Graphic novel documents acts of resistance

WE HEREBY REFUSE: JAPANESE AMERICAN RESISTANCE TO WARTIME INCARCERATION

By Frank Abe and Tamiko Nimura, illustrated by Ross Ishikawa 

and Matt Sasaki (Seattle: Chin Music Press/

Wing Luke Museum of the Asian Pacific American Experience, 

2021, 160 pp., $19.95, paperback)

The graphic novel, “We Hereby Refuse: Japanese American Resistance to Wartime Incarceration,” focuses on the real life experiences of Jim Akutsu, a Minidoka War Relocation Authority camp draft resister; Mitsuye Endo, a Topaz (Central Utah) WRA inmate who challenged the incarceration through a habeas corpus petition; and Hiroshi Kashiwagi, a Tule Lake War Relocation Authority/Segregation Center no-no and renunciant. 

The stories of Akutsu and Endo are straightforward. Akutsu refused to serve in the United States military as long as he and his family were imprisoned in a U.S. concentration camp. 

Endo successfully fought her imprisonment all the way to the Supreme Court.

Kashiwagi’s story is a little more complex since the Tule Lake story is complicated, and this graphic novel packed in a lot into this section. Perhaps the story might have been easier to tell had it been told through the eyes of a Kibei. 

As a graphic novel, the drawings are wonderfully done. Ross Ishikawa illustrated the segments that included color; Matt Sasaki, the black-and–white sections. 

Ishikawa’s characters are drawn in a style reminiscent of that era, and the color palette is muted and drab, which is exactly how the mood should feel. He even included a cameo appearance of John Okada, a nod to another of Frank Abe’s books, which was about the author of “No-No Boy.” Okada modeled the main character of “No-No Boy,” Ichiro, after Akutsu’s experiences, but made up all the psychological head trip that Ichiro goes through. In this graphic novel, readers will be introduced to the real Akutsu. 

Sasaki uses simple but strong lines and any splashes of color lend power to that scene. Some may recognize Sasaki’s drawings of a well-known archival photo of a young man standing in front of barracks. His drawings definitely captured the intensity and tension of Tule Lake.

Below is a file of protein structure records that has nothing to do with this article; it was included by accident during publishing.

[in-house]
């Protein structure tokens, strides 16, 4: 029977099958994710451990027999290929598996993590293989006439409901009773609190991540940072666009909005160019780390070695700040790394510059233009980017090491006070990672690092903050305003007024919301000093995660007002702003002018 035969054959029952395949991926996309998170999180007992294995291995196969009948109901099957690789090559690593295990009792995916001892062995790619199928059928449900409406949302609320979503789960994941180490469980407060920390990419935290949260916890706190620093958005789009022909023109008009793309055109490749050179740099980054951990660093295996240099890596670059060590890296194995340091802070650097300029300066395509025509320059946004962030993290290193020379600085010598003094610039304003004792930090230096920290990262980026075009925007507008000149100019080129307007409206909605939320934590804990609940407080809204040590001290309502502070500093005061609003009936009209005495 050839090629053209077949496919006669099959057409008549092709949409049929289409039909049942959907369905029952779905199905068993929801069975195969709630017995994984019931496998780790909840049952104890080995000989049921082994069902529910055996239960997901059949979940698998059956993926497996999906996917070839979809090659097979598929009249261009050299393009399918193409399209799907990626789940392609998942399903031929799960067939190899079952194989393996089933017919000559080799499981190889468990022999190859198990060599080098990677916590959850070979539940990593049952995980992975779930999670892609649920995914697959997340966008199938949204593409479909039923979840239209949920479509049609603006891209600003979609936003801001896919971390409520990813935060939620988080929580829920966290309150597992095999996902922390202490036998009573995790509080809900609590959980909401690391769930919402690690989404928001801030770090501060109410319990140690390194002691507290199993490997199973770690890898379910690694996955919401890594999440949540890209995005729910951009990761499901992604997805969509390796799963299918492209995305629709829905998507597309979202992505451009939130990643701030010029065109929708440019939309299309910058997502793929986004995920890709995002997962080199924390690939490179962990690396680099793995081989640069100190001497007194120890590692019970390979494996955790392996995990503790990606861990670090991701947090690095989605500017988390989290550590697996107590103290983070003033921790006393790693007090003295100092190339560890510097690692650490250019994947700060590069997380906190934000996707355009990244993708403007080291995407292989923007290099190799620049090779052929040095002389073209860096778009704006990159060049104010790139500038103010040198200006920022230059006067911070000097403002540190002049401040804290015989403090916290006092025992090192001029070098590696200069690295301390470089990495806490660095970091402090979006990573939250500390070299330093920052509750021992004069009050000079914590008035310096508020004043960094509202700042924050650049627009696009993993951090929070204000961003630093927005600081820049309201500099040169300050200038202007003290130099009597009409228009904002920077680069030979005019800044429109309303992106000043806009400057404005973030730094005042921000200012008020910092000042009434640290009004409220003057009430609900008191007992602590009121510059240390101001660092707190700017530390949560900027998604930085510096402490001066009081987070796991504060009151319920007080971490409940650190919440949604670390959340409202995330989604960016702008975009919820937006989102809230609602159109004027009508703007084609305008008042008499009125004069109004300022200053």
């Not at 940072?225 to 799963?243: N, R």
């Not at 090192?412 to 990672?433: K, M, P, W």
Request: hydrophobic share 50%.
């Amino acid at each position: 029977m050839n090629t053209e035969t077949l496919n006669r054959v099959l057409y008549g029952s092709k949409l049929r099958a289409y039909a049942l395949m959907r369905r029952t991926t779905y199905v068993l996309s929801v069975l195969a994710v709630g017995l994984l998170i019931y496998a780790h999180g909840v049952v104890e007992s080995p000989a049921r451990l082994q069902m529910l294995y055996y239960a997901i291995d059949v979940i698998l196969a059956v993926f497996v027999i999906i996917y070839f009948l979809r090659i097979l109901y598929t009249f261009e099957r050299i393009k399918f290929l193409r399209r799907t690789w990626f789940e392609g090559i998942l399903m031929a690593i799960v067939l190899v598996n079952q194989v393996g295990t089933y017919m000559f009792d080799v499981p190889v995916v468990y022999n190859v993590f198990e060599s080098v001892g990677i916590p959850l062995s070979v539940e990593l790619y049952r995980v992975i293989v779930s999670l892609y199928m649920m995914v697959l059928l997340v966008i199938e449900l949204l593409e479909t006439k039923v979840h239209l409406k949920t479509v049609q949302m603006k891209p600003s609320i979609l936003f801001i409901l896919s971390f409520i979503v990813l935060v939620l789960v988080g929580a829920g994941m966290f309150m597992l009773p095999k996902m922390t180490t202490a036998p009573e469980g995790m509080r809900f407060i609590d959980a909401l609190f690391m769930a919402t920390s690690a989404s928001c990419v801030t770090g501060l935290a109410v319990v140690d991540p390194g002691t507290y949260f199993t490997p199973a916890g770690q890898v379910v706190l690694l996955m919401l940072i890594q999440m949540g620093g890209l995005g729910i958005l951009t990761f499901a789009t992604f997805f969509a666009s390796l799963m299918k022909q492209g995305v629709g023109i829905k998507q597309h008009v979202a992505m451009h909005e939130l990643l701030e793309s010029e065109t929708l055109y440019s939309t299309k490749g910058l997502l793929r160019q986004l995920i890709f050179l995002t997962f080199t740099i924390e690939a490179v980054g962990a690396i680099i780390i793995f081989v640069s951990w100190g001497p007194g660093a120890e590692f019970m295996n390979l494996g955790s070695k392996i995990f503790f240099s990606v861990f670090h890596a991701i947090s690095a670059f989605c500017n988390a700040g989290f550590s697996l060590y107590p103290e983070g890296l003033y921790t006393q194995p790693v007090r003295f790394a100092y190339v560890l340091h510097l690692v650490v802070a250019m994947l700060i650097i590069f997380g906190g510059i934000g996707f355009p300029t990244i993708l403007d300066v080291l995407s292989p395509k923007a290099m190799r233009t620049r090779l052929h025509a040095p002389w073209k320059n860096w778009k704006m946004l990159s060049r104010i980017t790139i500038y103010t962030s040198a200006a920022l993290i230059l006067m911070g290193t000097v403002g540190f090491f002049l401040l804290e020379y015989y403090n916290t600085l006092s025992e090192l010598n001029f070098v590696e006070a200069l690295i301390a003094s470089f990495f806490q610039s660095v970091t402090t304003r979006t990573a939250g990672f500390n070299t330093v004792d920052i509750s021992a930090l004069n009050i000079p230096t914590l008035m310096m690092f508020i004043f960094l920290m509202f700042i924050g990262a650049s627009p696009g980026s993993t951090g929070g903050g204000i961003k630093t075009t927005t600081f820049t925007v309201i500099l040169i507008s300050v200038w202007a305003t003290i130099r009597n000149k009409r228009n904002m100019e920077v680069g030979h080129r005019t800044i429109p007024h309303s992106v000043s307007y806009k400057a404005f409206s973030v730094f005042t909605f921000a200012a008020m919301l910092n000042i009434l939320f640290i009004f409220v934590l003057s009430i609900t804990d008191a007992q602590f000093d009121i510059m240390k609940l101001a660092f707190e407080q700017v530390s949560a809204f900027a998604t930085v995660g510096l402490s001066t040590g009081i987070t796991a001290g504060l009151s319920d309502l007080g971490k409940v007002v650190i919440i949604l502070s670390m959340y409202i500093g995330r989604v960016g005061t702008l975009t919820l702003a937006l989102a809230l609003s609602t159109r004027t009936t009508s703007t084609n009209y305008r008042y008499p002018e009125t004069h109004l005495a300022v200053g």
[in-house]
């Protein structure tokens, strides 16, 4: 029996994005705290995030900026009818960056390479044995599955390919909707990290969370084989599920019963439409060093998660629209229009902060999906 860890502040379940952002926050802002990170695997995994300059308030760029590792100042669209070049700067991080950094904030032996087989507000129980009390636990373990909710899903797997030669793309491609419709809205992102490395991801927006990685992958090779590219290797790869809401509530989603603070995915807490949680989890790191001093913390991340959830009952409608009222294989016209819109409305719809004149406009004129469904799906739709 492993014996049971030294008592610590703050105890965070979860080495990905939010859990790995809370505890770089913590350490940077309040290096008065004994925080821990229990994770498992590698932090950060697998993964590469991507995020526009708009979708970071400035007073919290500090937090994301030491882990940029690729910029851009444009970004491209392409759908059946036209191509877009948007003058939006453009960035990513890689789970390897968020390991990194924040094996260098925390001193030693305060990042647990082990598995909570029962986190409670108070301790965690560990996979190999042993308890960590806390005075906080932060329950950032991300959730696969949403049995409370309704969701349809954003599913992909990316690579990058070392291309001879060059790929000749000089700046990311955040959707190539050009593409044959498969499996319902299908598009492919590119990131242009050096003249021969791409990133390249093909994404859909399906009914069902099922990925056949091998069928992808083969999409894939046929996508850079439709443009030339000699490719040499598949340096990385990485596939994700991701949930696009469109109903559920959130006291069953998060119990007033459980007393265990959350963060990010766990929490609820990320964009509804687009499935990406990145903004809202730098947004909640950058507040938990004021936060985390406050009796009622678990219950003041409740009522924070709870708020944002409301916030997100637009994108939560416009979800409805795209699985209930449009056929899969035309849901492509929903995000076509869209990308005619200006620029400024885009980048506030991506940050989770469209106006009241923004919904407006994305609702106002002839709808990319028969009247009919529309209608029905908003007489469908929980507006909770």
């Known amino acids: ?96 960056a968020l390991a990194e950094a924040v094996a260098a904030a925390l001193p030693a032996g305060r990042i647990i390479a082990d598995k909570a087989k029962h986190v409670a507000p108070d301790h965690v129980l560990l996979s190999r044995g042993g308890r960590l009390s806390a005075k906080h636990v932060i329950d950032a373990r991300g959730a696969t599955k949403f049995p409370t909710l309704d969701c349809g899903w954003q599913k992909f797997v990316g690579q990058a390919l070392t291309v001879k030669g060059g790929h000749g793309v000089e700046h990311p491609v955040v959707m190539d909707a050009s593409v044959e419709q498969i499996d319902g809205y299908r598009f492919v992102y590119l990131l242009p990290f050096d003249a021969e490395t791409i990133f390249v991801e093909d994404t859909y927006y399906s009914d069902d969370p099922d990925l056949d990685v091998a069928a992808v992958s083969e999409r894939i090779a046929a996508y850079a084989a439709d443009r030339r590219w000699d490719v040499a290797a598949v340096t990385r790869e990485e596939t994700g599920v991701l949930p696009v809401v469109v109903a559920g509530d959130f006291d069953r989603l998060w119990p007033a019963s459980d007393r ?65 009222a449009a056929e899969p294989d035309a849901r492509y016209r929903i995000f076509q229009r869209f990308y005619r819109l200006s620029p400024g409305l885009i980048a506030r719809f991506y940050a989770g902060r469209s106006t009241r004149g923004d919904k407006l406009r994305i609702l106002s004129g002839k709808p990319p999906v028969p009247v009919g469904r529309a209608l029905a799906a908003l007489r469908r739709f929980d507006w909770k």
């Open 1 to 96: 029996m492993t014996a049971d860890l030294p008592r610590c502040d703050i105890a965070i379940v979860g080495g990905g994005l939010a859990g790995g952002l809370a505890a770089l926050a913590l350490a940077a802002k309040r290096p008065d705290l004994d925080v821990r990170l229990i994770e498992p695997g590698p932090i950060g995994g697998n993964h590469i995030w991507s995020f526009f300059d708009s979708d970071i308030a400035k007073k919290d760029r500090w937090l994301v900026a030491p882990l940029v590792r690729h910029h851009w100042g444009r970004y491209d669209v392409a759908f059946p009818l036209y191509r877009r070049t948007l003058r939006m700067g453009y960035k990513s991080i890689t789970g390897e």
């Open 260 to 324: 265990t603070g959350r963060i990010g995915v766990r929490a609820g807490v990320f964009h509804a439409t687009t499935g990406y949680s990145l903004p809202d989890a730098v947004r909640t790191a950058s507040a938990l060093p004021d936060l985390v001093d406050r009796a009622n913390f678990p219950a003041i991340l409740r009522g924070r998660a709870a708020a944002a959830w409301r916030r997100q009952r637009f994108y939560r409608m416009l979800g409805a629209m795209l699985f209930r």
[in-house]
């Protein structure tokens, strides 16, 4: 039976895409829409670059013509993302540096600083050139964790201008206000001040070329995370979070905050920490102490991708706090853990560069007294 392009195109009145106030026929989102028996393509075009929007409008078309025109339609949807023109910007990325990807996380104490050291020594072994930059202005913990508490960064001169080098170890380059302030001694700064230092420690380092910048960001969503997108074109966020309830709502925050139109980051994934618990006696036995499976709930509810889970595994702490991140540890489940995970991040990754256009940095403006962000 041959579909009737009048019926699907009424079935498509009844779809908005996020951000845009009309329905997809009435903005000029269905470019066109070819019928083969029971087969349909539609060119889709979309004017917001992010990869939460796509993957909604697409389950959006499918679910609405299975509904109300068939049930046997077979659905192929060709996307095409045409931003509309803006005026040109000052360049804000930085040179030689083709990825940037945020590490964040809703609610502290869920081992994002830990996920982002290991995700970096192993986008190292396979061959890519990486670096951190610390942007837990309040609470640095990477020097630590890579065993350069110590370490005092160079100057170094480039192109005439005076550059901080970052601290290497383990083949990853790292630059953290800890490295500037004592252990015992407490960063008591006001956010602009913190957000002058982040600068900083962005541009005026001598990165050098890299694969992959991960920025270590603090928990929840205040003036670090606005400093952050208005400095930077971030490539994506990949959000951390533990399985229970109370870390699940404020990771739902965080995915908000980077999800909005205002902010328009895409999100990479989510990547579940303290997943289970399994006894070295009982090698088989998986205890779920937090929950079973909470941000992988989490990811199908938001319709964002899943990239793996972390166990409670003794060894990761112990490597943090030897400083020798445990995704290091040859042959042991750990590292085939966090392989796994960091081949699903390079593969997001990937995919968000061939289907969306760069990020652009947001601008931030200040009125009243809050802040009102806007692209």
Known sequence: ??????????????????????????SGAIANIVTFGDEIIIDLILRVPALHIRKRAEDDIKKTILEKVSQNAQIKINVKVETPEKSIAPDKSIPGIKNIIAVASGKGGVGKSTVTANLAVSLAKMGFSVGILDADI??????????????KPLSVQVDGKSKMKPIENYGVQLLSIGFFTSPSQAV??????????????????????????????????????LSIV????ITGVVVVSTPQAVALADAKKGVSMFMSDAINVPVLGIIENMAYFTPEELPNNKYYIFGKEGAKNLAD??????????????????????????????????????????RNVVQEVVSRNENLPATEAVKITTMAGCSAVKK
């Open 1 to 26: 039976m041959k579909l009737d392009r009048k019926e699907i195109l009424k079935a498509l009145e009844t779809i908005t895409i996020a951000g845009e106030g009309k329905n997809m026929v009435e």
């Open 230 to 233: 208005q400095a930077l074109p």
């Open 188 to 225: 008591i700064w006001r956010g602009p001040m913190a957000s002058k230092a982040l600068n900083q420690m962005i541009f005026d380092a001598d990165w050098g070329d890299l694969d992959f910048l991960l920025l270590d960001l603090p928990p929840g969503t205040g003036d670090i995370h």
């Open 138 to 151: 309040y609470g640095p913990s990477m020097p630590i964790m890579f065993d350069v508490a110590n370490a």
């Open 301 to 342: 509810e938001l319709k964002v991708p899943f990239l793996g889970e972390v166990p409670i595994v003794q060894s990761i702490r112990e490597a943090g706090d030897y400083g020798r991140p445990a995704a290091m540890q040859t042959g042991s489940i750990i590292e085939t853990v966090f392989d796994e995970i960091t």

One minor problem with the Tule Lake segment is the chosen font. For one, the words could be printed a bit larger and some of the letterings such as the “d” is distorted to the point that it could be distracting. 

It’s obvious writers Abe and Tamiko Nimura did a lot of research since they were able to parse each story down to the basics without losing the important points. 

Those unfamiliar with archival documents may find some of the narrative and dialogue outlandish, but Abe and Nimura utilized actual memos, letters and governmental documents to tell the different stories. 

For example, not only did Mike Masaoka, the National Japanese American Citizens League field executive, offer up the Nisei men to go on suicide battalions, but he also suggested that camp inmates be branded, similar to what the Nazis did to the Jews. 

There is also a scene where Masaoka is talking with a government official and volunteers to “name names.” Unclassified FBI documents have since confirmed that many JACL leaders had been government informants, as had some artists and a few others. 

The graphic novel also highlights some of the racist denouncements spewed out by elected officials, and what is included is just the tip of the iceberg. 

It is also refreshing to see strong Issei women recognized in the book. Until now, few books have highlighted the fighting spirit of the Issei women. The only other book that comes to mind is Cherstin M. Lyons’ book, “Prisons and patriots : Japanese American wartime citizenship, civil disobedience, and historical memory,” where she recognized the Topaz Issei women, while in this book, it is the Minidoka women in Idaho.

Overall, this graphic novel is a great introduction, not only to the different World War II resistance stories, but also to what occurred inside the camps. It is worth the read.

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